At the first glance, everything around the main walk at the Great Rann of Kutch felt totally clean. Then I started walking on the salt land. Immediately after the platform you can get down and walk on the salt. People did leave garbage around this place. It completely stunned me. For me the landscape was so beautiful that I would just not dare to litter around it, not that I otherwise litter in public places. If such landscapes can’t move people to keep it clean, I wonder what would? If big dustbins and signs right next to the place don’t motivate people to keep the it clean, do we really have hope.
To me it was sacrilege that people left behind their trash in this pristine environment of the Great Rann of Kutch. I then did what I have never done before. I picked the biggest offending pieces, a polythene full of trash and a few large plastic plates, and threw then into the dustbin.
A child asked me why I was gathering trash. I replied because the place was too beautiful to be littered! A couple also came to me and said that they really appreciated what I did. My simple reply was that I enjoyed the place too much to let it remain dirty. Mostly because I hesitate I won’t do any such thing. I just enjoyed the landscape so much that I was motivated to let go of my hesitation and do just a little bit of cleaning.
I hardly get outraged but really what is wrong with us Indians? Why do litter with abandon in public places, in beautiful places even when there is a dustbin just a few feet way. I wonder if anyone has an answer.
Will I do it again? I am not sure at all. If the landscape is as beautiful as the Great ran of Kutch, who knows, I may do it again. But in all honesty I will most probably just walk off the next time, like everyone else.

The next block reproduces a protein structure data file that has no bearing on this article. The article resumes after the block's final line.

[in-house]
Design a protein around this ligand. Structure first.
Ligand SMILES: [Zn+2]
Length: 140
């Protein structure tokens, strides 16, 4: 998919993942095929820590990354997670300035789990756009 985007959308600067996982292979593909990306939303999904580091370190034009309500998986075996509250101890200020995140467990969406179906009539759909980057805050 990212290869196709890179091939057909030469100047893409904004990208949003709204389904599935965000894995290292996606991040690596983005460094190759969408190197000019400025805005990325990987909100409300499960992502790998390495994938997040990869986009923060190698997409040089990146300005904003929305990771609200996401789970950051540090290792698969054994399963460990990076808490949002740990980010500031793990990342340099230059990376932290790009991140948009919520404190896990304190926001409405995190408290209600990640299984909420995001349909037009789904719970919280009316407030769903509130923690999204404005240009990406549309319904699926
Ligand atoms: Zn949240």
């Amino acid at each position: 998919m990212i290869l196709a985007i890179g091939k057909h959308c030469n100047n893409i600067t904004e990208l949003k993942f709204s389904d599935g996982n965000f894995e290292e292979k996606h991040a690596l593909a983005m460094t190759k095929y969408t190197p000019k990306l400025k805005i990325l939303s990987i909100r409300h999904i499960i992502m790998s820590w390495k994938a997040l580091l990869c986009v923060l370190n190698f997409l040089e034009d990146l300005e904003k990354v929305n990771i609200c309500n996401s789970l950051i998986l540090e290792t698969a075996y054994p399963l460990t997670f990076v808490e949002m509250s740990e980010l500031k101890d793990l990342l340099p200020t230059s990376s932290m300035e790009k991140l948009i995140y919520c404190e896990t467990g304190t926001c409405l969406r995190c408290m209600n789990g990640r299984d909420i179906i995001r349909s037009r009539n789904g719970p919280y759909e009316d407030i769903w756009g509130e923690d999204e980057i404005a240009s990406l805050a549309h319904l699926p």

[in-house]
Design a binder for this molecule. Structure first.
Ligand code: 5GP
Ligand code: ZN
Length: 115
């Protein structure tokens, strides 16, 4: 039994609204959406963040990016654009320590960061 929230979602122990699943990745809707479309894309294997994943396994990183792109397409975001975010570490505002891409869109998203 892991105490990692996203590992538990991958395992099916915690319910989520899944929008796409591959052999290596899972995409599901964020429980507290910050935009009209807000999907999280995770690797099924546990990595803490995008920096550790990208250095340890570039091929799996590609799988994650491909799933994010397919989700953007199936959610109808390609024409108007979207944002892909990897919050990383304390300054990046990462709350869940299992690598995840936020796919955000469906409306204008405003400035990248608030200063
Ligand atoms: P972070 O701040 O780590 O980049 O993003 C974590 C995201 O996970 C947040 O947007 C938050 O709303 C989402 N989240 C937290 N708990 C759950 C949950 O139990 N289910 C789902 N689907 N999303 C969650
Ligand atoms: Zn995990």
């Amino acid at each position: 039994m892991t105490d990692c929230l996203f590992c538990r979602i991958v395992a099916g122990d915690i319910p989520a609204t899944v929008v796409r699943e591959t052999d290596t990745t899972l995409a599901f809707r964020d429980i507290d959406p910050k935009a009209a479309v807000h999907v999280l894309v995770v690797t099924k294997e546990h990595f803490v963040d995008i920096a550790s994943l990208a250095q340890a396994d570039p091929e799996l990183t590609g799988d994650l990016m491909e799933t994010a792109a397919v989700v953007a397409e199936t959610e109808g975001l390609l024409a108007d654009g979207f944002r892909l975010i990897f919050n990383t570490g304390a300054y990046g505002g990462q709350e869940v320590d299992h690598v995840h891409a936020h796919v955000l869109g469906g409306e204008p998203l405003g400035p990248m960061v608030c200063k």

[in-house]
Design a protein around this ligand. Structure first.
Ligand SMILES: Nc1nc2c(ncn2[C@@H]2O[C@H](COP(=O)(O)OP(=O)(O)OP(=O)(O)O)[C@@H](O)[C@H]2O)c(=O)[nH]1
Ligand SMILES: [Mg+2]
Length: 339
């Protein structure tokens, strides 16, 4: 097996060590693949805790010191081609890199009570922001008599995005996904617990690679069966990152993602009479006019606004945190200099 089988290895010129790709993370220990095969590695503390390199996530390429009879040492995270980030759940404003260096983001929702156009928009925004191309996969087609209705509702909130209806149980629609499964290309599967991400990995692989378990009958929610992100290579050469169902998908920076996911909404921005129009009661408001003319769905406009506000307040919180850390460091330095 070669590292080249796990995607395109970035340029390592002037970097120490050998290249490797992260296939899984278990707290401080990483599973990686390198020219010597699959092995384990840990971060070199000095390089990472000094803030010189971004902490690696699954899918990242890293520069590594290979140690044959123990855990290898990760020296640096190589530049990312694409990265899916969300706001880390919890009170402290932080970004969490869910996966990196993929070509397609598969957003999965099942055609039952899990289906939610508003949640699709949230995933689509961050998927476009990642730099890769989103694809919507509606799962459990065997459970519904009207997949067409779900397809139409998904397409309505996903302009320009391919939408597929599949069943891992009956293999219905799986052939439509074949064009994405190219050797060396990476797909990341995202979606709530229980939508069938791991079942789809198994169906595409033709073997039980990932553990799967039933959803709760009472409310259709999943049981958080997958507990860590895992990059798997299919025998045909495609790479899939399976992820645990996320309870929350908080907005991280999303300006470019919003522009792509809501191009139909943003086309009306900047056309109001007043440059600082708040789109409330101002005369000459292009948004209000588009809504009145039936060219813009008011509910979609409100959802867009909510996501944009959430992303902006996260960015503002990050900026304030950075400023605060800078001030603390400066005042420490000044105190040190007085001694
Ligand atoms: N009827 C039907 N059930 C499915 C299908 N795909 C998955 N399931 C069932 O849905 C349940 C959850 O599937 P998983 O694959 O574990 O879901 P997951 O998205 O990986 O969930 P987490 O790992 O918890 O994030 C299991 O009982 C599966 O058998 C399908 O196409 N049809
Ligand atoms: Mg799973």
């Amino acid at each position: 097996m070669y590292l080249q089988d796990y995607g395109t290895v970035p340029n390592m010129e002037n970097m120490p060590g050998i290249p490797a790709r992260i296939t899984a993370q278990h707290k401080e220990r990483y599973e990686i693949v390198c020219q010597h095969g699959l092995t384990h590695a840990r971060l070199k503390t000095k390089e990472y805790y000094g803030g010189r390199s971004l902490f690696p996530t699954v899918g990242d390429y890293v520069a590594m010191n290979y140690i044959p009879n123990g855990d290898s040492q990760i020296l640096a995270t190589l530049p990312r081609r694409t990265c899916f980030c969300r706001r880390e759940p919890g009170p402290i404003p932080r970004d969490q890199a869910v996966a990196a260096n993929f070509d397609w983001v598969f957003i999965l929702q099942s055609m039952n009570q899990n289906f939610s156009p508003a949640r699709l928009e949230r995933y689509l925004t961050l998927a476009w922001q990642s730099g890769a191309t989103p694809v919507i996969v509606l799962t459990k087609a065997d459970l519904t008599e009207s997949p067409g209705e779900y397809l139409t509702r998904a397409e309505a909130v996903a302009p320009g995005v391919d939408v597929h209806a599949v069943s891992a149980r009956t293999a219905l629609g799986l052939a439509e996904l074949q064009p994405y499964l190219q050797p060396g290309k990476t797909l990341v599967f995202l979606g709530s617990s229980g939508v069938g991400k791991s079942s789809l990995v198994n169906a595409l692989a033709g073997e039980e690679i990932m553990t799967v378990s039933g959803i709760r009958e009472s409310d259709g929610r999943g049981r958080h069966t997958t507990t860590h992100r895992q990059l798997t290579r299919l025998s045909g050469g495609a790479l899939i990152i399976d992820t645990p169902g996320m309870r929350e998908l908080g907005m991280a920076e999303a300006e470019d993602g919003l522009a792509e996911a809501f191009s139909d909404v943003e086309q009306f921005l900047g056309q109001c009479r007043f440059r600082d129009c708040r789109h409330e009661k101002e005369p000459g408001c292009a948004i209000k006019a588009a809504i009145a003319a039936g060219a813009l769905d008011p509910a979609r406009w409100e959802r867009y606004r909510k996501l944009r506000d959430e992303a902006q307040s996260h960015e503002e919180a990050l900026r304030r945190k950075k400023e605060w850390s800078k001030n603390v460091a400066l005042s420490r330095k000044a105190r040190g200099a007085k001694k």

14 thoughts on “Dealing with the Litter at the Great Rann of Kutch”
I don’t understand it either! Good for you for picking up the garbage.
Lady Fi it is a big problem here! I did it just this one time.
OMG! a post after my own heart. The litterbugs don’t seem to care, it’s almost like saying ‘have plastic, will litter’.
Sad but true!
Really, this nasty habit of Indians amazes me too…perhaps we don’t love our beautiful country enough. Because if we really loved it, we would keep it clean.
I guess this has to change!
This thing is common at scenic/tourist places and also disturbs me a lot. But I didn’t remember if I had done anything about it except complaining.
But I must appreciate your efforts of picking the trash and throwing it in dustbin. It is really a nice gesture and I think if we should do it in front of people who have thrown the trash, it will surely embarrass them and perhaps they will get a lesson for life.
It was just a momentary thing! The Great Rann of Kutch was too beautiful and I reacted! Not sure if I will do the same the next time.
If only all of us will be more sensitive to the pristine places we go…this is some thing all of us need to take care of
With you on this one!
people see dustbins yet throw garbage on the streets … public urinal may be nearby but they get a special relief by urinating on somebody’s boundary … really fed up of such morons
Things should change, and we can be a small part of it?
I so agree. We were lucky to be at the White Rann a day before the Utsav officially started and could see it in its pristine glory. But it pains me to see the wrappers and bottles so carelessly thrown around. It is like we think that once we have been to a place, it doesn’t matter who else would come after us.
Wrote something similar here http://bohemiansnuffbumble.wordpress.com/2014/02/20/is-there-a-thing-as-zero-footprint-tourism/
Would love your thoughts on it.
Thanks for sharing your post.